Bubble, Bubble, . . .

A quote from today’s L.A. Times says it all:

“Southern California home prices are surging as the spring buying season heats up, with the median price in March hitting $400,000 for the first time in six years.

“But a deeper look at the market reveals a recovery divided between the rich and everyone else.

“The market for high-dollar homes is hopping, with sales on the rise and buyers launching bidding wars. But sales of low- to medium-priced homes have plummeted during the same period — with many potential buyers priced out….” Tim Logan and Andrew Khoury, Home Prices Surge, Sales Plunge, L.A. Times, April 16, 2014, front page, above the fold.

http://www.latimes.com/business/realestate/la-fi-home-prices-20140416,0,4794538.story#ixzz2z43sCMIL

So y’all think that a home market where half the homes sell for over $400,000 isn’t going to end badly? What do you suppose will happen when interest rates go up?

We again  remind our readers, as we do regularly, that back in 1979, in his dissent in Agins v. Tiburon, California Supreme Court Justice Willam P. Clark, warned that California’s extreme regulatory climate would lead to a cleavage of the population, and its division into the well housed rich and others.

So, Shall We Move from the Suburbs to the Cities Like Those Wonderful Modern Planners Want Us To?

For the past few years we have been getting the new “progressive” planners’ “party line” that suburbs are icky and passé, and that enlightened folk are abandoning them and moving back to cities. Alas, much of that appears to be BS. Commentators who track Bureau of census figures, tell us otherwise. As we note in this blog from time to time, that vaunted “return to the cities” is largely a trickle consisting of young, well paid singles, and well-heeled middle aged boomers, both of whom tend to favor hip city neighborhoods, but neither of whom have to contend with the burdens and problems of raising and educating children in today’s shabby American cities.

Now drops the other shoe. Today’s New York Times (front page, below the fold) brings the news that — in the words of the headline — In Many Cities, Rent Is Rising Out of Reach of Middle Class, April 15, 2014, at p. A1. Whereas historically, city residential tenants would pay no more than 30% of their gross income for housing, now it’s more than that, ranging from 47% in — where else? —  Los Angeles, down to 35.8% in Hattiesburg, Mississippi. A Zillow study “found 90 cities where the median rent — not including utilities — was more than 30 percent of the median gross income.” Now that may be cool if you are a well-paid techie living in San Francisco and being transported to your Silicon Valley office gratis in a luxury bus owned and operated by your employer, but it’s not so good for lesser folk.

Bottom line, “[f]or many middle- and lower-income people, high rents choke spending on other goods and services, impeding the economic recovery.” Developers are building new city apartments, but as long as their product is being snapped up by the affluent yuppie/boomer market, “there is little incentive to build anything other than expensive units.” But to our thinking, not many people can afford $2000+ per month for a studio or a dinky one bedroom place (CNN.Money says the median rent in LA — which means that half the dwelling rent for more than that — is $2100)? And be careful about what you read in the papers. CNN.Money.com also says that you can buy a home in the San Fernando Valley for $200,000. Our response: Stuff and nonsense. Should you by some miracle find a Valley home at that price, you wouldn’t want to live in it. Trust us.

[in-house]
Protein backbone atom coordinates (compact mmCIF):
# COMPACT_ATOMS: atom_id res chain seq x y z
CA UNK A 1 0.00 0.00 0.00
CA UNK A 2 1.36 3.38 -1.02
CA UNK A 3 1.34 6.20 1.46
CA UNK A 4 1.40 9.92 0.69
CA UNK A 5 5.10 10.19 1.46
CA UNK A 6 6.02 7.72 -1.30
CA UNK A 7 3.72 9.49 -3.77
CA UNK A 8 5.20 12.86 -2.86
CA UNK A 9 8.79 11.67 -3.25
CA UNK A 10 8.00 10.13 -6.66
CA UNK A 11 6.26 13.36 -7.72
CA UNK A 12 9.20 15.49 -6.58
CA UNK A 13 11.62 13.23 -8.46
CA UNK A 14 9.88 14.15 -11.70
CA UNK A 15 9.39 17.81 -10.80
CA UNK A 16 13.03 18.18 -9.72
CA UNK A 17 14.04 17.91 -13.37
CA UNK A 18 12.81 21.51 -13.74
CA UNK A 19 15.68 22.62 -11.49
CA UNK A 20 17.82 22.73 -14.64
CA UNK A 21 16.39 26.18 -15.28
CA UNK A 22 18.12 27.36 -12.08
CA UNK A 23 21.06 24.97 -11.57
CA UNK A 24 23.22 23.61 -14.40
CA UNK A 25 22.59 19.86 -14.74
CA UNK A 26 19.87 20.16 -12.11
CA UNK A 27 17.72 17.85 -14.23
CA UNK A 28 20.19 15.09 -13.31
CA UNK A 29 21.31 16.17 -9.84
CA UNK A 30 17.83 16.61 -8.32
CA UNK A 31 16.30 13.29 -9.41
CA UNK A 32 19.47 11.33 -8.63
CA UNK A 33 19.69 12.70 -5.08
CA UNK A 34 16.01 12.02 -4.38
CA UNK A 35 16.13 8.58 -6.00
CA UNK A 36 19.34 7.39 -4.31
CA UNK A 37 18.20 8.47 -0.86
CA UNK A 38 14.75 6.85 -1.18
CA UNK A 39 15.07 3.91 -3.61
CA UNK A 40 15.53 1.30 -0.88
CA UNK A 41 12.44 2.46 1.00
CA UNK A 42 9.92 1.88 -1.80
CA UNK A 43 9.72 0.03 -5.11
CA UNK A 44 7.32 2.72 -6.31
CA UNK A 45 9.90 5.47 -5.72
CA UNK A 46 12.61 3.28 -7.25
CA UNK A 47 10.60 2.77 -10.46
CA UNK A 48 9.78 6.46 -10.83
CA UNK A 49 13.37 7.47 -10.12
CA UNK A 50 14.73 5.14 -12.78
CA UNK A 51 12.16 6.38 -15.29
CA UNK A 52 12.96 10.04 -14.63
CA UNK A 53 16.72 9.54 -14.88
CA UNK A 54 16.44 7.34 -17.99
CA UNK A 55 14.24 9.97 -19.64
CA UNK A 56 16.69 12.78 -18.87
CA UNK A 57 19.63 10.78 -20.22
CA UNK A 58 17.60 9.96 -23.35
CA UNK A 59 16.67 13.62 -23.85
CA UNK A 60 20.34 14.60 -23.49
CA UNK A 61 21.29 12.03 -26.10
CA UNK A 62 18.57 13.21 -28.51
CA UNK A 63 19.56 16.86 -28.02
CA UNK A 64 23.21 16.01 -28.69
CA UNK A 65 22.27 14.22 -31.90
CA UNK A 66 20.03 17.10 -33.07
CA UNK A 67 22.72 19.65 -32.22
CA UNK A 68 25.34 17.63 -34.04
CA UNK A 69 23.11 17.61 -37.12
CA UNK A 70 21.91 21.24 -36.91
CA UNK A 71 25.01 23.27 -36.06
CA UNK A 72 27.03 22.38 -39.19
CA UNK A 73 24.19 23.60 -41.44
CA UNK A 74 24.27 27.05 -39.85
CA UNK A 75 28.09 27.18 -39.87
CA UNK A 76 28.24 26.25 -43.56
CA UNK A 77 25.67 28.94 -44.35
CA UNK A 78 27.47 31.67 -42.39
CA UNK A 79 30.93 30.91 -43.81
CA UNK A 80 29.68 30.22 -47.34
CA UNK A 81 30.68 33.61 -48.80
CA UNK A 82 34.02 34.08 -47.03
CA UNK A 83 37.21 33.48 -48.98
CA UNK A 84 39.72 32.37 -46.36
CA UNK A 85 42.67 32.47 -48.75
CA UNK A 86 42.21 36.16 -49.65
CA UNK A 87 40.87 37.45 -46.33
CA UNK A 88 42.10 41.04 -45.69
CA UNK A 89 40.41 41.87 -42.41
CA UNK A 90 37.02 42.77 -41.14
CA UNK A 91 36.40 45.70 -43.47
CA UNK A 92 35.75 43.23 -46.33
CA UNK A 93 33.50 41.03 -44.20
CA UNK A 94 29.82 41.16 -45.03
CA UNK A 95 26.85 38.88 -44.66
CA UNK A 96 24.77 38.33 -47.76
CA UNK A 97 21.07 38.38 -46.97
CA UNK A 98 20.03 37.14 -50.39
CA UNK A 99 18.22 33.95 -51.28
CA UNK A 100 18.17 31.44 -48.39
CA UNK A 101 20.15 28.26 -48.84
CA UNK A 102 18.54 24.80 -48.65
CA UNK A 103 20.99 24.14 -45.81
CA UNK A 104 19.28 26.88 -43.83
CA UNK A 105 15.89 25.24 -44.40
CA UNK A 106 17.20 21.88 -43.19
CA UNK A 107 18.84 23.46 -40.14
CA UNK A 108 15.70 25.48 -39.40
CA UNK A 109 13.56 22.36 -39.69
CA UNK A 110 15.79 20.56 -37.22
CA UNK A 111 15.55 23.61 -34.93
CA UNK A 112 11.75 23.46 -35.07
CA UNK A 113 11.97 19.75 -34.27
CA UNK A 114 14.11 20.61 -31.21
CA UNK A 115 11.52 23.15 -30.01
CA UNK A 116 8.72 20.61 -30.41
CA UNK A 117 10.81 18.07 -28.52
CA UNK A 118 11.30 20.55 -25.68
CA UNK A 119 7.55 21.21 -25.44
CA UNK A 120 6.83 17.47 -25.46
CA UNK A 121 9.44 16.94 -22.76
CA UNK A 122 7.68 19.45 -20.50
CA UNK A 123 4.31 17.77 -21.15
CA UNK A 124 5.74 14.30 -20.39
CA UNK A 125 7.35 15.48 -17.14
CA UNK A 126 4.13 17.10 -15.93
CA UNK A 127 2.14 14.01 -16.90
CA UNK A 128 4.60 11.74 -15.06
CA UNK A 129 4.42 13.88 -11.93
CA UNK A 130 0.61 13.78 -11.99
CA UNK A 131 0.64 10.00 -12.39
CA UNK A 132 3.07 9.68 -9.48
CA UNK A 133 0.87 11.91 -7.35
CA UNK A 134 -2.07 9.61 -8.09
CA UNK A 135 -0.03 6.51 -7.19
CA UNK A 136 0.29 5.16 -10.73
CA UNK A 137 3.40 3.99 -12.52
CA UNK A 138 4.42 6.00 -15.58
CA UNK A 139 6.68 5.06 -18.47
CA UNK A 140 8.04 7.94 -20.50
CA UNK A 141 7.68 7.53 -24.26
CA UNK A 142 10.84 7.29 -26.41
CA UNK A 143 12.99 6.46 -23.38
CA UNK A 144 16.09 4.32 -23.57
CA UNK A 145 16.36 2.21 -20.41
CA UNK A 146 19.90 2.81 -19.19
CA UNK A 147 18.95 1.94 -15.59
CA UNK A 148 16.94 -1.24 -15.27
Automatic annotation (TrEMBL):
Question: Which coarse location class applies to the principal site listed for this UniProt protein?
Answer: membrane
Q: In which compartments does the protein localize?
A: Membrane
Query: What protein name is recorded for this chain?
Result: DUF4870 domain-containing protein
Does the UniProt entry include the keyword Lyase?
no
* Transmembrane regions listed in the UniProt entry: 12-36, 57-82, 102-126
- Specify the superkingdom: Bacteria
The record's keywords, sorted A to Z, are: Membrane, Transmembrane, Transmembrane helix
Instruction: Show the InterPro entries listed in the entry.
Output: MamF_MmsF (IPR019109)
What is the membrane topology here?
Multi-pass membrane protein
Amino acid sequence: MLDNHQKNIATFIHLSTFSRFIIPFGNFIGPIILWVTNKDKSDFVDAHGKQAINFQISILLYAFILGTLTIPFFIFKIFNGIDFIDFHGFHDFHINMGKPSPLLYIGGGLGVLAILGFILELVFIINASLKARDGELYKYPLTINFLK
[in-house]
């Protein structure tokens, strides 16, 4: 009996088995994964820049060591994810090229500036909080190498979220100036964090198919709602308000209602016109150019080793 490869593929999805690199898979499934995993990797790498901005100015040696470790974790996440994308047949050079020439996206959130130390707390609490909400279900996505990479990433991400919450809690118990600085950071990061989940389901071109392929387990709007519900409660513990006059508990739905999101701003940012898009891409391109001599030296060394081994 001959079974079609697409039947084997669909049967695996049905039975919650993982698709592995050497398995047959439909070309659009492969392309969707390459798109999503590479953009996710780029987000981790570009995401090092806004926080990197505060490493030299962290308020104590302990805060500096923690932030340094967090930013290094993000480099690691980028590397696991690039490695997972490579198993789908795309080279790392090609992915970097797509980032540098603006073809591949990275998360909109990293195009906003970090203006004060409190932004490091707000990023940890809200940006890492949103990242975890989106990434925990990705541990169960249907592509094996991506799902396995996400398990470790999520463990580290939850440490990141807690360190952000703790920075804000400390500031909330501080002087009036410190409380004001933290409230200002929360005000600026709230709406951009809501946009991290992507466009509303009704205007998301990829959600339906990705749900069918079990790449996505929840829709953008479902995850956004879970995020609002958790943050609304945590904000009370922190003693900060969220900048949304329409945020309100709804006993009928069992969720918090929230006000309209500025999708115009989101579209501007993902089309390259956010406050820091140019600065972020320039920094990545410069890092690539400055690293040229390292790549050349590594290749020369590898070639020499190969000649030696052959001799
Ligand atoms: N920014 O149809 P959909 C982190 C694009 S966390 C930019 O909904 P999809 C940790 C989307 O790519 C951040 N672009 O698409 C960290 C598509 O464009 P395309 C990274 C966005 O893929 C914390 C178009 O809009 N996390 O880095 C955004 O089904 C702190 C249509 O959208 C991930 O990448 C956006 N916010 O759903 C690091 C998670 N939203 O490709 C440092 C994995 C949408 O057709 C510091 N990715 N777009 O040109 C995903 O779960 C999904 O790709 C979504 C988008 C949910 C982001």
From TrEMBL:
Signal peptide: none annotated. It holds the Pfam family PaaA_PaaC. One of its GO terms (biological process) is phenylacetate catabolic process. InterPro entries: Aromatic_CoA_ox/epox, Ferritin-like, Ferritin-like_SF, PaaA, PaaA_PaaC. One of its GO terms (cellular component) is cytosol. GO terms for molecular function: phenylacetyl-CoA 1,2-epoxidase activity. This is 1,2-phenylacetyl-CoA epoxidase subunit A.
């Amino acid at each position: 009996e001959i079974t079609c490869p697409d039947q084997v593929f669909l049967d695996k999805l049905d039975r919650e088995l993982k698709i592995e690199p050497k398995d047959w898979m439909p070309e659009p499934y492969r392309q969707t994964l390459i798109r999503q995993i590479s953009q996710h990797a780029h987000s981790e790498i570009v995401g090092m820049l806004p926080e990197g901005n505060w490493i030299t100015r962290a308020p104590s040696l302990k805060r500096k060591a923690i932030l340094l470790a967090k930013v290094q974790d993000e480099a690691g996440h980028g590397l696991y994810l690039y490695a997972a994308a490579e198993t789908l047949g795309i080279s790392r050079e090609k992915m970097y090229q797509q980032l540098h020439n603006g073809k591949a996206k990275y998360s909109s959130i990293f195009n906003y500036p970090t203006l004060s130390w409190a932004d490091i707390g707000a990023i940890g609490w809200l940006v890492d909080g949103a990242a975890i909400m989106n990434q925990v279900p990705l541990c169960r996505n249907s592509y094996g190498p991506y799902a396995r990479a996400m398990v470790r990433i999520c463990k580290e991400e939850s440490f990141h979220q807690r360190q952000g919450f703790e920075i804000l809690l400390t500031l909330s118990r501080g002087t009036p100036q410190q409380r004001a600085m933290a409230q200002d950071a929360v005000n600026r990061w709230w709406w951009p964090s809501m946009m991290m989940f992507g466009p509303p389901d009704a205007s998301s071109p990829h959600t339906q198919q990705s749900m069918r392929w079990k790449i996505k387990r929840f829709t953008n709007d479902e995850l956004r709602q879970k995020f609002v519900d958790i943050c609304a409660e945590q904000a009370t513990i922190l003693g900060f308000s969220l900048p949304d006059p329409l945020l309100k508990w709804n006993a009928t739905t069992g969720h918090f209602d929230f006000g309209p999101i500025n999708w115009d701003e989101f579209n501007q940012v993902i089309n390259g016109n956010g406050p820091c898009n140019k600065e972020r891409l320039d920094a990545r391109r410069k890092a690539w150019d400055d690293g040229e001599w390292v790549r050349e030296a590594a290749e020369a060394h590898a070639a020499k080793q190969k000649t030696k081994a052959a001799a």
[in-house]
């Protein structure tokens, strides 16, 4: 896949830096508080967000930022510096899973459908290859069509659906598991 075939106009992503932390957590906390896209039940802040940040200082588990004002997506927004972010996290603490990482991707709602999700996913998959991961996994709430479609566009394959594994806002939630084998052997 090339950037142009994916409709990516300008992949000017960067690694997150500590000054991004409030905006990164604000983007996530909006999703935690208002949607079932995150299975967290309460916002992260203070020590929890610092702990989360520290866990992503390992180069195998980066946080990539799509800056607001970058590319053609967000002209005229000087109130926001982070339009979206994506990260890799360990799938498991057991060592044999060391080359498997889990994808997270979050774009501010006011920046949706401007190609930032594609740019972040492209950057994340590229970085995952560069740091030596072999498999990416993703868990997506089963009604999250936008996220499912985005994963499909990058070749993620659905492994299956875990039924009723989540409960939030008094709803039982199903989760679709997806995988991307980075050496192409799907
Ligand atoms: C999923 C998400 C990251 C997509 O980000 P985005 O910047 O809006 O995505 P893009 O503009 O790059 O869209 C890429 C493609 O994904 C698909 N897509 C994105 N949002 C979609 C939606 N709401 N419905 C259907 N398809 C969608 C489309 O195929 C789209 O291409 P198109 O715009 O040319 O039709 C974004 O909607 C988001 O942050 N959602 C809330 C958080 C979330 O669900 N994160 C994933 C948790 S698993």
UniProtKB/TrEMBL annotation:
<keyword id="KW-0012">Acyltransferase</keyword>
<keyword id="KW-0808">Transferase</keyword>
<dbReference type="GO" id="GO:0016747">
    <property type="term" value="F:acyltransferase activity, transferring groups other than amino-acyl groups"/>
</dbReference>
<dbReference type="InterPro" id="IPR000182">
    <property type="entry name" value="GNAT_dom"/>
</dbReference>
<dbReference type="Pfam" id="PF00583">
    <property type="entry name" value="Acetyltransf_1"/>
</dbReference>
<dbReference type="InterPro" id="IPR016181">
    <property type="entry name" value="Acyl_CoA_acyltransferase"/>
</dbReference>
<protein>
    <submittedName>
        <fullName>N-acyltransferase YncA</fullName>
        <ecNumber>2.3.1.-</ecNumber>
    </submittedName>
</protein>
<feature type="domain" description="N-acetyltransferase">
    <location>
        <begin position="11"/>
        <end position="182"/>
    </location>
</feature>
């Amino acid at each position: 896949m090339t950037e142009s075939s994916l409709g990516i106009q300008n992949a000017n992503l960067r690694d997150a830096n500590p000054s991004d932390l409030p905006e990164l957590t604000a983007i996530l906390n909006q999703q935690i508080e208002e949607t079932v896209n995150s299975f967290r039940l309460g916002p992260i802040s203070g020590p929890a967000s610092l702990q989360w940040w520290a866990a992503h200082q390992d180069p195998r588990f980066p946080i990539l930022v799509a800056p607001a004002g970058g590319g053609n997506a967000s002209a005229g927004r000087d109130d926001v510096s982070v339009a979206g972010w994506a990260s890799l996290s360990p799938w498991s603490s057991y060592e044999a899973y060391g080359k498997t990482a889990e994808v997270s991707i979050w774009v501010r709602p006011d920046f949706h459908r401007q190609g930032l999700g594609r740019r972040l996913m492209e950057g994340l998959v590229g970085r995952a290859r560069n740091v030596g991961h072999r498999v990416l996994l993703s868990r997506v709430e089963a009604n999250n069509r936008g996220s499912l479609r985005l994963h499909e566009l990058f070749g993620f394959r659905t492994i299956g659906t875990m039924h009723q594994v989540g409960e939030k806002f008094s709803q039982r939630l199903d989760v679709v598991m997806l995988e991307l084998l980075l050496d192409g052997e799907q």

And so, as the sun sets in the West, be careful, be very careful before you buy the “new” planners’ pitch that cities are where it’s at. It isn’t. At least not yet; not by a long shot. Current data show that in most cases buying a house is a better economic deal than renting. And if you want to save on rents by moving to more remote parts of the city and certainly to the better suburbs, you may discover that commuting to your city job is a pain in the neck, and that transportation costs erode or negate your rent savings. Bummer.

So in our view, there is no solution in sight as long as developers are prevented from building small, modest and inexpensive suburban “starter homes” and garden apartments, like they used to do in the days of yore. Also, as long as a house is looked upon by buyers as a tax-advantaged investment rather than a dwelling, things are not going to get much better. And talk all you want about the fashionably hip foo-foo city scene, its existence is not going to attract middle-class families with children (who are indispensable to a healthy city), but who insist on reasonably safe and effective schools.

So how do the “new urbanist” planner mavens expect young suburbanities to form a city household of their own and settle there permanently when they reach adulthood? They can’t. So they do the only thing they can, which is move to a hip city neighborhood where affordable living space can be, especially if they share an apartment with a roommate or two.  In other words, as we noted years ago, the prevailing suburban regulatory climate and its consequent upward pressure on home prices, is creating an economic climate in which — unless they win the lottery, or outlive their parents and inherit the family home — young people simply won’te able to live anywhere near their parents’ homes where they were raised.